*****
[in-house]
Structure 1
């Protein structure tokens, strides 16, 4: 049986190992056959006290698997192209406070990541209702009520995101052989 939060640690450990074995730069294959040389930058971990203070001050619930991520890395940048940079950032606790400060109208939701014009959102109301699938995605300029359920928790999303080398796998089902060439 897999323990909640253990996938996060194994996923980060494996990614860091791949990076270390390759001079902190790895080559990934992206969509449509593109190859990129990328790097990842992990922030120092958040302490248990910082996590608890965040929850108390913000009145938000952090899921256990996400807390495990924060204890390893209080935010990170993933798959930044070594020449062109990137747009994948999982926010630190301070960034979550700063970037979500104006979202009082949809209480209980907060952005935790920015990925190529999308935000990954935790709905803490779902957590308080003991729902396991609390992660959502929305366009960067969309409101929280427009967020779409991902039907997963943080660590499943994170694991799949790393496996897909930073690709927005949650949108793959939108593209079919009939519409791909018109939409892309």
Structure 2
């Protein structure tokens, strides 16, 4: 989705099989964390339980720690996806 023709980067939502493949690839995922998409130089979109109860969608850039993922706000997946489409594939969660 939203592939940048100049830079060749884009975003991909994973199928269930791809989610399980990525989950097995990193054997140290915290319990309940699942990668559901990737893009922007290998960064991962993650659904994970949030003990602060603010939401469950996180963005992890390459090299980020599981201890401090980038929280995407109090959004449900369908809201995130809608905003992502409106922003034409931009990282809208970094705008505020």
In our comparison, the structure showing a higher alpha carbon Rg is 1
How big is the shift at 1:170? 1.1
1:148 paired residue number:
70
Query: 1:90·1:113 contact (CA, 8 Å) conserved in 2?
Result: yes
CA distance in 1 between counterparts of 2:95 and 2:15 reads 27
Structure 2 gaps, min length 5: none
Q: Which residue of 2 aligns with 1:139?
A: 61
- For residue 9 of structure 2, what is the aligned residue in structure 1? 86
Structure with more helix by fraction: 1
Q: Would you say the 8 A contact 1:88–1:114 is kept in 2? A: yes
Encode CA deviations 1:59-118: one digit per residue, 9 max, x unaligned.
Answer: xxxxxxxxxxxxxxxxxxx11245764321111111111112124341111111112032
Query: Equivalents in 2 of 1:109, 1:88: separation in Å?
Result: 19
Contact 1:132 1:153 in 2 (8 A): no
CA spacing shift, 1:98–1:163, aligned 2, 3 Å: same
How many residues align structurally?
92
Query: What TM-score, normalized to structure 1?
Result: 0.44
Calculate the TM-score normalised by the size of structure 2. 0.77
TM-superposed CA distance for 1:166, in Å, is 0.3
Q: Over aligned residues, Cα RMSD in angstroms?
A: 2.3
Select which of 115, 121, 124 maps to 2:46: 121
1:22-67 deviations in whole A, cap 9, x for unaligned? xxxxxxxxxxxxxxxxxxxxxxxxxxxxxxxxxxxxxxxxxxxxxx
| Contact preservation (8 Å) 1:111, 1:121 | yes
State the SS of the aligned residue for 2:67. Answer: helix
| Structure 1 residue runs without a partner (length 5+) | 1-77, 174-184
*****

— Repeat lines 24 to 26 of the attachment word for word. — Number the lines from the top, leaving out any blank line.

CA spacing shift, 1:98–1:163, aligned 2, 3 Å: same
How many residues align structurally?
92